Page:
Freedom of the press and the First Amendment generally were woven throughout the news last week. In the post below I try to outline how these debates – spread out over Twitter, blogs, reports and events – represent two important visions of freedom of the press.
Freedom of the Press When Everyone Has a Press
In a recent blog post Mathew Ingram argues “Freedom of the press applies to everyone — yes, even bloggers.” His post outlines the complex and shifting understanding of freedom of the press as it is being negotiated in the streets and in the courts.
Ingram highlights how acts of journalism, from recording police in public to tweeting updates from protests, are being attacked and undermined, even as courts uphold a more expansive view of freedom of the press. The thrust of Ingram’s post can be summed up in a quote he includes from Judge Kermit Lipez:
[C]hanges in technology and society have made the lines between private citizen and journalist exceedingly difficult to draw. The proliferation of electronic devices with video-recording capability means that many of our images of current events come from bystanders [and] and news stories are now just as likely to be broken by a blogger at her computer as a reporter at a major newspaper. Such developments make clear why the news-gathering protections of the First Amendment cannot turn on professional credentials or status.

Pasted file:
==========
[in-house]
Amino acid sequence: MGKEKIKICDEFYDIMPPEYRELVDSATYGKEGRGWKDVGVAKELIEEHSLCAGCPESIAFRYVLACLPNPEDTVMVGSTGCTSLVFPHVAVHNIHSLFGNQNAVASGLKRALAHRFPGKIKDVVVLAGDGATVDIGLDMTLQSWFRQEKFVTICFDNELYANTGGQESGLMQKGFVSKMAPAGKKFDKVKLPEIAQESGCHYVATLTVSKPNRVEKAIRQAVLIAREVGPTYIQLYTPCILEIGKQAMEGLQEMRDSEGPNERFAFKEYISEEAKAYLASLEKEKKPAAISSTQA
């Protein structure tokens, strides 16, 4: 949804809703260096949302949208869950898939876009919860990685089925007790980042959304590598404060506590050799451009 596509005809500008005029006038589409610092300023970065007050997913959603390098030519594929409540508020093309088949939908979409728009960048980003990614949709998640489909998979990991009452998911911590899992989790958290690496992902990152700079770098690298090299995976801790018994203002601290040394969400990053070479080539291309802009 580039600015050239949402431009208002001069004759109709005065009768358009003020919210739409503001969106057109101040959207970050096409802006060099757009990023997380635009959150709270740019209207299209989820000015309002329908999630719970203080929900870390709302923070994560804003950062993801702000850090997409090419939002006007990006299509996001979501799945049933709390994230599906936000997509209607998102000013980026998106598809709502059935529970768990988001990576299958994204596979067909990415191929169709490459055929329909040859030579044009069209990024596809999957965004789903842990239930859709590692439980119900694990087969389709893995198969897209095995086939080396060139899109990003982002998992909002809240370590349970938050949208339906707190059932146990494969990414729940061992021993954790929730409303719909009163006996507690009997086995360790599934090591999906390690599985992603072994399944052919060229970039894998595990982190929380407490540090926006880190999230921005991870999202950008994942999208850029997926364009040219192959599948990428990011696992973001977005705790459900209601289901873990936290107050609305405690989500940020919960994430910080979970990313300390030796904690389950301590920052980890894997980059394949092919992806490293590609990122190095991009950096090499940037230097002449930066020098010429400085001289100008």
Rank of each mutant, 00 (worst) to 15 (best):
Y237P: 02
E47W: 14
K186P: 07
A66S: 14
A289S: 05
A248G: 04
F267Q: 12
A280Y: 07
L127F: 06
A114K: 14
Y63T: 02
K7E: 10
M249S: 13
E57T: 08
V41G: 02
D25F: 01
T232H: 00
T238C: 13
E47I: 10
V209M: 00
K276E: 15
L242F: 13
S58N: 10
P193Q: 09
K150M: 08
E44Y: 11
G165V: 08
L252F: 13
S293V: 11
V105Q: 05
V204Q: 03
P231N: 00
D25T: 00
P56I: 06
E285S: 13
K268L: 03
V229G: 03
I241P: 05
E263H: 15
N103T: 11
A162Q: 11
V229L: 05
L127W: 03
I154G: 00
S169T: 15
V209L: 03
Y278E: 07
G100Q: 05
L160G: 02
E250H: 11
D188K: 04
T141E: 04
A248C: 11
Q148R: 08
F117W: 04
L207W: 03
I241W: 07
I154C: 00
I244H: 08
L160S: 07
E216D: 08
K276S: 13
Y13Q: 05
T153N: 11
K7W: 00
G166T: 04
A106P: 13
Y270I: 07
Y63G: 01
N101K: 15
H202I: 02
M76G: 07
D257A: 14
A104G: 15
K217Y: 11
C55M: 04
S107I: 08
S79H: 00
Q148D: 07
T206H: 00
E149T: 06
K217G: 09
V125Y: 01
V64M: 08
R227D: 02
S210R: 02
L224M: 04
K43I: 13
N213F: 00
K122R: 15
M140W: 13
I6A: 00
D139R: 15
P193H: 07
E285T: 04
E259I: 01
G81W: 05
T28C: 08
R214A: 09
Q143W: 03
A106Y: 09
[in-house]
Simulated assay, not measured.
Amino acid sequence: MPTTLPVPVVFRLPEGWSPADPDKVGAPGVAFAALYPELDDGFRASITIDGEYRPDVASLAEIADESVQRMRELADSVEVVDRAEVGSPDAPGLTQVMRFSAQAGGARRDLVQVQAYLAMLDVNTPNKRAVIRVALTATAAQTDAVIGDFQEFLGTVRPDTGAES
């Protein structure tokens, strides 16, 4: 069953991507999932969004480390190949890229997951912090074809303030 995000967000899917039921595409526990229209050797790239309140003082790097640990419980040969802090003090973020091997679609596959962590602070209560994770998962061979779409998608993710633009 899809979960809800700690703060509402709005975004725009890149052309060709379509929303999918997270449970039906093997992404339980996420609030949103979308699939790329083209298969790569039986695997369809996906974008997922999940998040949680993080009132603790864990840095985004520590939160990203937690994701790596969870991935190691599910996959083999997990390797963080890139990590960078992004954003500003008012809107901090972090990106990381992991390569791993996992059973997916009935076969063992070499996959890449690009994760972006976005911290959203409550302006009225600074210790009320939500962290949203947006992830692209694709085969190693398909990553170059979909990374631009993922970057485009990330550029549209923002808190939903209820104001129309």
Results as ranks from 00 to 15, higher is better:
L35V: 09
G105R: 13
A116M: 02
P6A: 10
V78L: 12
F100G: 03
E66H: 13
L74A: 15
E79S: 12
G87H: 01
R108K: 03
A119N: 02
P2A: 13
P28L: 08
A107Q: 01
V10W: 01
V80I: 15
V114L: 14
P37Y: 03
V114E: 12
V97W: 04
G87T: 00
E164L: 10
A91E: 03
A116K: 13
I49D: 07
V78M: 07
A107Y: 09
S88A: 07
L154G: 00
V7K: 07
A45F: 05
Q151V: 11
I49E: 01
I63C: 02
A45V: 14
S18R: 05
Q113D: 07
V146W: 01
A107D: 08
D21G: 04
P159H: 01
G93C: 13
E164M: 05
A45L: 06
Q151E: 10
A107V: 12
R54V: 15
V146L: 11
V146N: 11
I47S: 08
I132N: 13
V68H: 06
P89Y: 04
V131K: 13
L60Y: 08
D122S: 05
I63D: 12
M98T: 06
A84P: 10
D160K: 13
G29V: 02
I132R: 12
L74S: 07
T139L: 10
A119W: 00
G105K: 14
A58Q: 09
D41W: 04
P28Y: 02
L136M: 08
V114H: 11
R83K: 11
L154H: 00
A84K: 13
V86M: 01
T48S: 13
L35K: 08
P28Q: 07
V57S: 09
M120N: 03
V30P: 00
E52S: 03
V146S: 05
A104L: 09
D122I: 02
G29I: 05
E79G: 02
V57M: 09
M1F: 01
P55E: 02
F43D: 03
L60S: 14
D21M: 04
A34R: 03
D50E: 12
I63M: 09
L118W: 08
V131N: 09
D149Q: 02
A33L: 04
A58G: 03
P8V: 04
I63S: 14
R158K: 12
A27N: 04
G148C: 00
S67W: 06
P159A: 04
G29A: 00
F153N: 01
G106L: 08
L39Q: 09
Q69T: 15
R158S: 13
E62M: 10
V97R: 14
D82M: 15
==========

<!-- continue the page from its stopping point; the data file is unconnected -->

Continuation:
The shifting media landscape has challenged traditional, narrow legal notions of freedom of the press, even calling into question what we mean by “press.” When considered as a narrow legal statute, the idea of freedom of the press is a contested terrain. Given that, it is increasingly important for us to remember that freedom of the press is more than just a law, it’s a core value of our democracy. Continue reading